Apart from wearing gloves when disinfecting, make sure to read the manufacturer’s instructions on how to use the product. In addition, make sure to have proper ventilation when disinfecting with chemicals.
How to properly disinfect
- Any surface areas that are sticky from spills and dirt should be wiped clean with detergent and water before disinfecting. Follow with a disinfectant.
Disinfect these frequently-touched surfaces daily:
- Countertops and tabletops
- Desks and hard-backed chairs
- Refrigerator handles and cutting boards
- Cupboard knobs and handles
- Doorknobs and light switches
- Sinks, sink faucets and toilets
- Phones, tablets and touch screens
- Remote controls and keyboards
In addition, wash and disinfect warm, moist environments in your home where germs live and breed, such as:
- Sponges and dishcloths (throw in the washer with hot water and replace dishcloths daily)
- Hand towels (replace daily)
- Coffee reservoir
Using disinfectant wipes
When it comes to disinfecting, wipes are easy and convenient to use. Apart from killing almost 100 percent of bacteria and viruses, disinfectant wipes also remove almost 100 percent of allergy-causing particles, such as pollen, dust mites, and pet dander. They are also safe and effective on electronics.
- Make sure to use enough fresh wipes to wet the surface thoroughly. Allow the area to remain wet for about four minutes and then surface dry. Toss used disinfectant wipes in the trash.
Using a bleach solution
Diluted household bleach solutions of at least 1000ppm sodium hypochlorite may be used to kill germs and viruses on appropriate surfaces. Read and follow the manufacturer’s instructions. Additionally, ensure the product is not past its expiration date.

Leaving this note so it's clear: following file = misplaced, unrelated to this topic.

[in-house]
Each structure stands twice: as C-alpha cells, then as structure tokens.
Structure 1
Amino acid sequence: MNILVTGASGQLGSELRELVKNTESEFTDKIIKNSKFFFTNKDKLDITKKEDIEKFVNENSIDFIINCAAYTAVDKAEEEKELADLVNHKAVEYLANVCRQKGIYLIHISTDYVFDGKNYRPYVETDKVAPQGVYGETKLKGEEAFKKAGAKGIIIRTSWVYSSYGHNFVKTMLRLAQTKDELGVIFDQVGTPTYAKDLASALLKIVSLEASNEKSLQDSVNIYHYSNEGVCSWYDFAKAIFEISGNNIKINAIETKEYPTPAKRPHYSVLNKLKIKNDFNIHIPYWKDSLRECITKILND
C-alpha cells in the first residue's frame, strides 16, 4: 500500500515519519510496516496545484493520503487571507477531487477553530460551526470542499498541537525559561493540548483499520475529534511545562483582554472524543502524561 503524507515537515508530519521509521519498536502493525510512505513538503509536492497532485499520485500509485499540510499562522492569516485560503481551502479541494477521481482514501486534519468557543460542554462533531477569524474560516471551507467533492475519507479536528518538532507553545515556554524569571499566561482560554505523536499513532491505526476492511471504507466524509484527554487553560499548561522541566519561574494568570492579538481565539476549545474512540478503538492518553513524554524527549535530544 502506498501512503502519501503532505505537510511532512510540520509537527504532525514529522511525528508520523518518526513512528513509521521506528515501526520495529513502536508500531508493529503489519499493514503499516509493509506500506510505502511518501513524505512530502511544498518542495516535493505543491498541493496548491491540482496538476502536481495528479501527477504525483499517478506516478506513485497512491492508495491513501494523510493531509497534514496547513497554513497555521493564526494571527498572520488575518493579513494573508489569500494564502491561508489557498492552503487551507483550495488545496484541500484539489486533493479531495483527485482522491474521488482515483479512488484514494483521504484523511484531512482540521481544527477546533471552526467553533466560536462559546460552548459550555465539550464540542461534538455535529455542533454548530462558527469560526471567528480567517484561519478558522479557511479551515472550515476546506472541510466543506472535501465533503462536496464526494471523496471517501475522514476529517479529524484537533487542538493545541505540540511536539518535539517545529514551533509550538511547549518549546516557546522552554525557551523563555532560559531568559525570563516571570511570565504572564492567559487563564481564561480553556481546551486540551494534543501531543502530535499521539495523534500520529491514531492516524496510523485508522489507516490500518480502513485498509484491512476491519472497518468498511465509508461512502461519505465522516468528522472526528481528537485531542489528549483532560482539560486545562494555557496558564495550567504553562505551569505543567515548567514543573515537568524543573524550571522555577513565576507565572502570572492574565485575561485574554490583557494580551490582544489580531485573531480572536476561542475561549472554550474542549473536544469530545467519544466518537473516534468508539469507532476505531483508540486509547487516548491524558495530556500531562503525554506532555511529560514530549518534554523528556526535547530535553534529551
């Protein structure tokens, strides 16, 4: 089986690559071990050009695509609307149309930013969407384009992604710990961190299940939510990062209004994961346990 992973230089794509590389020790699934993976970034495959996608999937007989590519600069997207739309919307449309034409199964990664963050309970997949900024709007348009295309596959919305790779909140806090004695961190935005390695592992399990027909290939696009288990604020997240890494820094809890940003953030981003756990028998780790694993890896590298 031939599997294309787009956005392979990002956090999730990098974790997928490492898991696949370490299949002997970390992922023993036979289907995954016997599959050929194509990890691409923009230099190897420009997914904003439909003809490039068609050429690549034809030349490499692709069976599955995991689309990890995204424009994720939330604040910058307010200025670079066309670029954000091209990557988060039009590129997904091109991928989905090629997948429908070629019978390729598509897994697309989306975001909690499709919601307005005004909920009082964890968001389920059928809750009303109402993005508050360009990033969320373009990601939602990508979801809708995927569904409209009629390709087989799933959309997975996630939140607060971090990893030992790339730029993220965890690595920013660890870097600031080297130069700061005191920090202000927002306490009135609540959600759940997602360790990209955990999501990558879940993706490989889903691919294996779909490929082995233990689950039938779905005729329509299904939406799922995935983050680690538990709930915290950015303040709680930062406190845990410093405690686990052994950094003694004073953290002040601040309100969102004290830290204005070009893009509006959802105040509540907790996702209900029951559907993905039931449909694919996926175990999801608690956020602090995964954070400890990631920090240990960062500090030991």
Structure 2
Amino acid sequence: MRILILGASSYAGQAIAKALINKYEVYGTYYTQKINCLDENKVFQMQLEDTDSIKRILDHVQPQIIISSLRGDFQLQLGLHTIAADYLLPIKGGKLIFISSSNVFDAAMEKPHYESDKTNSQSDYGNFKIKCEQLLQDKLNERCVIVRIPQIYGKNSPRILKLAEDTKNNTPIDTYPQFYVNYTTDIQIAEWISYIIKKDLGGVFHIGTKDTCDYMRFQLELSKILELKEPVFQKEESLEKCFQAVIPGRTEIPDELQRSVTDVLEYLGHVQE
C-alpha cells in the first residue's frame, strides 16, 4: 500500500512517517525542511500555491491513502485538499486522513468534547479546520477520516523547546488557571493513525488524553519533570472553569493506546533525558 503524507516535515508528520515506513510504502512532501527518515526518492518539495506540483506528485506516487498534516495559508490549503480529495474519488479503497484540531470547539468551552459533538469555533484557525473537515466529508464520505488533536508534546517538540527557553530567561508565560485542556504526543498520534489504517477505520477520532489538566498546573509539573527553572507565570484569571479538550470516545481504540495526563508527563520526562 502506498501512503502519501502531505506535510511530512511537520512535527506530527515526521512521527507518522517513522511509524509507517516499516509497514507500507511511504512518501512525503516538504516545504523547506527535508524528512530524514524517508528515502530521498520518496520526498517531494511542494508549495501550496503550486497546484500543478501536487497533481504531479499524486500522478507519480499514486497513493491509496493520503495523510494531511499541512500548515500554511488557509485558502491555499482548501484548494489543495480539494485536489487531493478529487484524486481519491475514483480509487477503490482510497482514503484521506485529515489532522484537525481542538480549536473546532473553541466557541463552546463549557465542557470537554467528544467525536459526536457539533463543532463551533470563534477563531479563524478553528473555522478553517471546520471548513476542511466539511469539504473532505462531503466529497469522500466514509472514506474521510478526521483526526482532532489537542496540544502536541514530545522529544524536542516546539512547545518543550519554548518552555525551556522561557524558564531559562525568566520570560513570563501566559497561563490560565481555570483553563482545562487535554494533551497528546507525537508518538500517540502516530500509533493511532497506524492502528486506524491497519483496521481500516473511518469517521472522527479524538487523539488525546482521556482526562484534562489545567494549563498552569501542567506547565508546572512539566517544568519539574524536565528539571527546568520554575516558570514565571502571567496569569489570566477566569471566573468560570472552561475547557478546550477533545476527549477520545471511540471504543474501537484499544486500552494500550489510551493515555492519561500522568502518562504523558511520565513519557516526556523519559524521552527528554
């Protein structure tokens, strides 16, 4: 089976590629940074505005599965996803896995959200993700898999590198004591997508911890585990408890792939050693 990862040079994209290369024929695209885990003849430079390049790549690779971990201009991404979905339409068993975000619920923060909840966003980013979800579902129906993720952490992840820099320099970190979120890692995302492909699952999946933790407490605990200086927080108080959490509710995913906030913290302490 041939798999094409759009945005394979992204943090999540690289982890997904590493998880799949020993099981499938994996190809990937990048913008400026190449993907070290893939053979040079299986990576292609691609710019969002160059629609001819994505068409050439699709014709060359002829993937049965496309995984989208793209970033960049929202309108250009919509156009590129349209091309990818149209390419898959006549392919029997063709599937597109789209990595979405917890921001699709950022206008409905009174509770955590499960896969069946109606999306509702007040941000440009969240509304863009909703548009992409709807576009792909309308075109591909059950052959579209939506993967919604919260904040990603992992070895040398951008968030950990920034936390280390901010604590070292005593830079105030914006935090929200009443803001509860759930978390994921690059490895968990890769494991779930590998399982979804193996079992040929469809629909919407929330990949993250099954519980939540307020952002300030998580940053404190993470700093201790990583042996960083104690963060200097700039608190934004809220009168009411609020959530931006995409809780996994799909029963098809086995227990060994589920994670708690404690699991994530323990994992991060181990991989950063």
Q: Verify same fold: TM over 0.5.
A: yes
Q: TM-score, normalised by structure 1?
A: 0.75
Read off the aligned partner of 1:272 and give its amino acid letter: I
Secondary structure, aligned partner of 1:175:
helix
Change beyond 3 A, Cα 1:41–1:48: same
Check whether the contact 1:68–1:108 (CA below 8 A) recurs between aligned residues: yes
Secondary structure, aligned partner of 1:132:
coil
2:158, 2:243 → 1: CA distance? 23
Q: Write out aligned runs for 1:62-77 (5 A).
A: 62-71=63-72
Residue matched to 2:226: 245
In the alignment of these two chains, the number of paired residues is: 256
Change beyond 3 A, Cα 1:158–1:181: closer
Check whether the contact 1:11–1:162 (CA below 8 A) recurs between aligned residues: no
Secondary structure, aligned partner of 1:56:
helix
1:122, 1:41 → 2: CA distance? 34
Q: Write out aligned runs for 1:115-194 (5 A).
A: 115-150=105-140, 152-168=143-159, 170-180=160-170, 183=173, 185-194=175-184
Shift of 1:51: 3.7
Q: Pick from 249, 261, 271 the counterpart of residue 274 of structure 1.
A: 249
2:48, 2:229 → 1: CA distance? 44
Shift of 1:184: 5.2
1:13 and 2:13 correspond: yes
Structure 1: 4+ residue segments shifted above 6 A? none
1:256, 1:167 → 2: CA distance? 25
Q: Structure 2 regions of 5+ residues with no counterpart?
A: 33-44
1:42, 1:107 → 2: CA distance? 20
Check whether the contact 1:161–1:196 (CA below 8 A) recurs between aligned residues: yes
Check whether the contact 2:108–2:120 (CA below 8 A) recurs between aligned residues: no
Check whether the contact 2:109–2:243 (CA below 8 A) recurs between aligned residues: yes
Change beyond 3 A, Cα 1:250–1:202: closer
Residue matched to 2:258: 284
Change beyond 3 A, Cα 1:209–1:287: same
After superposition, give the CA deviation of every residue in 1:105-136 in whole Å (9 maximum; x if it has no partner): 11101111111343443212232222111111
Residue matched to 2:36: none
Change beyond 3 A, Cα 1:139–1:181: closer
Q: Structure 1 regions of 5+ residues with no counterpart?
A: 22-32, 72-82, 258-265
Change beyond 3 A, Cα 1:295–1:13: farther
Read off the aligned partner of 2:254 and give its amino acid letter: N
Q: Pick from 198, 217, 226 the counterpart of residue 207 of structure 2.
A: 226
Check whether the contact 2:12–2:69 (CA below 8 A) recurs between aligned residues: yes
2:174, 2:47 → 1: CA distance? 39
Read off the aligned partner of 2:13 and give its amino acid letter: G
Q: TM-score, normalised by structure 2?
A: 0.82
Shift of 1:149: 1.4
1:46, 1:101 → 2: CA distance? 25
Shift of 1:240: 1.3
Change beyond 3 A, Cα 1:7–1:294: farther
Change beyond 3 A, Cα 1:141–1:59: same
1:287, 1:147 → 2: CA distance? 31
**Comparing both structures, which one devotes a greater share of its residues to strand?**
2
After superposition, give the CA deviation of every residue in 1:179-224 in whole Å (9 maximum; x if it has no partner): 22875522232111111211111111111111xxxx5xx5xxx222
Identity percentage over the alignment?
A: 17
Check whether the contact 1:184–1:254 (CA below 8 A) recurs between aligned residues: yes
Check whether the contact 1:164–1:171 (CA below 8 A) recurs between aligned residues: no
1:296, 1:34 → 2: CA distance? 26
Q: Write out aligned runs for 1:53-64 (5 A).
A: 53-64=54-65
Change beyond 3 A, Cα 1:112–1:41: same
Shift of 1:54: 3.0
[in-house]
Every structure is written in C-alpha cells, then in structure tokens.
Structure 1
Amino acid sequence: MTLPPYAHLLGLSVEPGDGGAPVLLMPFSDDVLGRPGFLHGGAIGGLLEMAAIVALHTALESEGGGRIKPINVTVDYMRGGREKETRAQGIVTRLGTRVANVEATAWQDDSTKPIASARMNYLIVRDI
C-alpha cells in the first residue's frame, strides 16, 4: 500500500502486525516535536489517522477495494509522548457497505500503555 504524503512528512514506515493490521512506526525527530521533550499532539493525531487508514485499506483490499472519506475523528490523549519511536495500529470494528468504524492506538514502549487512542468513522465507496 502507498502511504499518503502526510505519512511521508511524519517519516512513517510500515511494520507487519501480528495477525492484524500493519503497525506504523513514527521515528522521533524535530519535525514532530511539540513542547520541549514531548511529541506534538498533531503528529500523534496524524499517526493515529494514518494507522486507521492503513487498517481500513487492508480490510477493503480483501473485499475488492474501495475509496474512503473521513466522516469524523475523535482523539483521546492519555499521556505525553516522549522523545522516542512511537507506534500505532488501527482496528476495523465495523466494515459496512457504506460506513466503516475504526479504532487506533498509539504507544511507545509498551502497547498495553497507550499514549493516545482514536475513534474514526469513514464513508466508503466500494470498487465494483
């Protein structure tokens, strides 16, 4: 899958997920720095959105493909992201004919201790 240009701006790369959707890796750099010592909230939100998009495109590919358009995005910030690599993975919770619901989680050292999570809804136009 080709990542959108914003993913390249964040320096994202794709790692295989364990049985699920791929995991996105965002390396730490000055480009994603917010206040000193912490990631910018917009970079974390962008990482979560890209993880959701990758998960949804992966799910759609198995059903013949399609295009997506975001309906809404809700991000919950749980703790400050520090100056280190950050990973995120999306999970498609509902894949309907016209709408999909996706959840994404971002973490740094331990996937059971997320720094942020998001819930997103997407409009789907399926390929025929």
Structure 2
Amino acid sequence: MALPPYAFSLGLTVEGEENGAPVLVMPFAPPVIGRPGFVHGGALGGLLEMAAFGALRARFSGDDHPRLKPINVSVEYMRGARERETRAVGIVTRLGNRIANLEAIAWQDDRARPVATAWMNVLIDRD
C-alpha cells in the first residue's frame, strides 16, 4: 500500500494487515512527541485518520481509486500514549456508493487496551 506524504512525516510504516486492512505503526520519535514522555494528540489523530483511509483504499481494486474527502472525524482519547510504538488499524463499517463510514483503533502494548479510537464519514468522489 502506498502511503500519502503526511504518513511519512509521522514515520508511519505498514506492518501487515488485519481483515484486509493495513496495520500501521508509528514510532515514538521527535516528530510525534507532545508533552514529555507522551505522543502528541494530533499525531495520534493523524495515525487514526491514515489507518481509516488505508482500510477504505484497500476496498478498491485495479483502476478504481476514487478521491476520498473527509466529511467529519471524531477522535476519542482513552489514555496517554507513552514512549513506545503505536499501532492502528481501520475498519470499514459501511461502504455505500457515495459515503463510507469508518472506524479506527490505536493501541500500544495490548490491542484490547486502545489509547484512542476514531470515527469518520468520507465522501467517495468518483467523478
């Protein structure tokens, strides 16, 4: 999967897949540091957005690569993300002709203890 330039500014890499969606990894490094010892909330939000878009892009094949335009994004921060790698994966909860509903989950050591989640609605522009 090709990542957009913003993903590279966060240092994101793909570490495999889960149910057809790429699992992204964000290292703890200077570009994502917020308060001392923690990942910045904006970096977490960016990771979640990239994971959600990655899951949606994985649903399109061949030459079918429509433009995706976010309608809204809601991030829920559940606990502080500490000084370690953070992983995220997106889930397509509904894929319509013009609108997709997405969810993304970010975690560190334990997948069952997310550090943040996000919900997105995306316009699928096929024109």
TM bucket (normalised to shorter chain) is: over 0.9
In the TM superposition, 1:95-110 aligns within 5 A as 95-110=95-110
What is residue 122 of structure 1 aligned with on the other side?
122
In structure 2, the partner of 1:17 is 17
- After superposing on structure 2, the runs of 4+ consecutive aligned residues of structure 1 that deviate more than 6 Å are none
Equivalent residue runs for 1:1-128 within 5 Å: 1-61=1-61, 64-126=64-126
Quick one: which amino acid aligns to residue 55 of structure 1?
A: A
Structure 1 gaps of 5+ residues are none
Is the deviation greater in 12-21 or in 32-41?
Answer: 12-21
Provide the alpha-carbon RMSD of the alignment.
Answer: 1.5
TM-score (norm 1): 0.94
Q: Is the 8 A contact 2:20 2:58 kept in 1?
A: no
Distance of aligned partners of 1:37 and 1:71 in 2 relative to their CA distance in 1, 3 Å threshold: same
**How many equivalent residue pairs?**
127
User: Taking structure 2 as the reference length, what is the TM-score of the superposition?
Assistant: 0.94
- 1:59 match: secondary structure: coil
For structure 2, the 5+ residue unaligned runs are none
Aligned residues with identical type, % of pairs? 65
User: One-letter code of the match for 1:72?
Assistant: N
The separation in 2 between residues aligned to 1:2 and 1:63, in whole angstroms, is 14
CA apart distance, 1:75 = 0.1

- Make sure the bleach solution maintains contact for at least one minute.
- Allow proper ventilation during and after application.
- Never mix household bleach with vinegar, ammonia, or any other cleanser.
To make a solution for disinfecting:
- 1/3 cup bleach to 1 gallon of water
- Alternatively, use 4 tsp bleach per 1 quart of water
Using natural solutions for disinfecting
The EPA’s approved list of disinfectants includes the best defense against COVID-19. However, if you’re not a fan of using harsh chemicals, and you prefer a disinfectant that’s easier on the environment, the EPA also approves all-natural products containing the ingredient thymol.
Note: Some essential oils are effective against specific pathogens like coronavirus, but not all. For instance, clove essential oil works well against salmonella and E. coli bacteria but not against pneumonia-causing bacteria.
So, what exactly is thymol?
Thymol is a compound found in thyme oil. Typically, it’s used in products such as pesticides, animal repellents, fungicidal products, medical disinfectants, and is even used to fight viruses and tuberculosis. It is also used as an additive food flavoring, in perfumes, mouthwashes, and cosmetics. But its many antimicrobial properties are what make it an ideal all-natural disinfectant. The EPA does list a few approved products that contain thymol. However, you can make your own household disinfectant using thyme oil.
- 2 cups purified water
- 20 drops thyme essential oil
- 1/4 cup citric acid powder
- Combine all ingredients into a plastic spray bottle.
- Shake well before use and spray onto surfaces.
- Allow to sit for a few minutes and wipe dry.
Yes, this is a lot of disinfecting in one day. However, consider this…with the US surpassing one million cases of coronavirus this month, a little elbow grease may go a long way towards keeping your home germ-free and your family safe. And that means you’re doing your part in slowing the spread of COVID-19.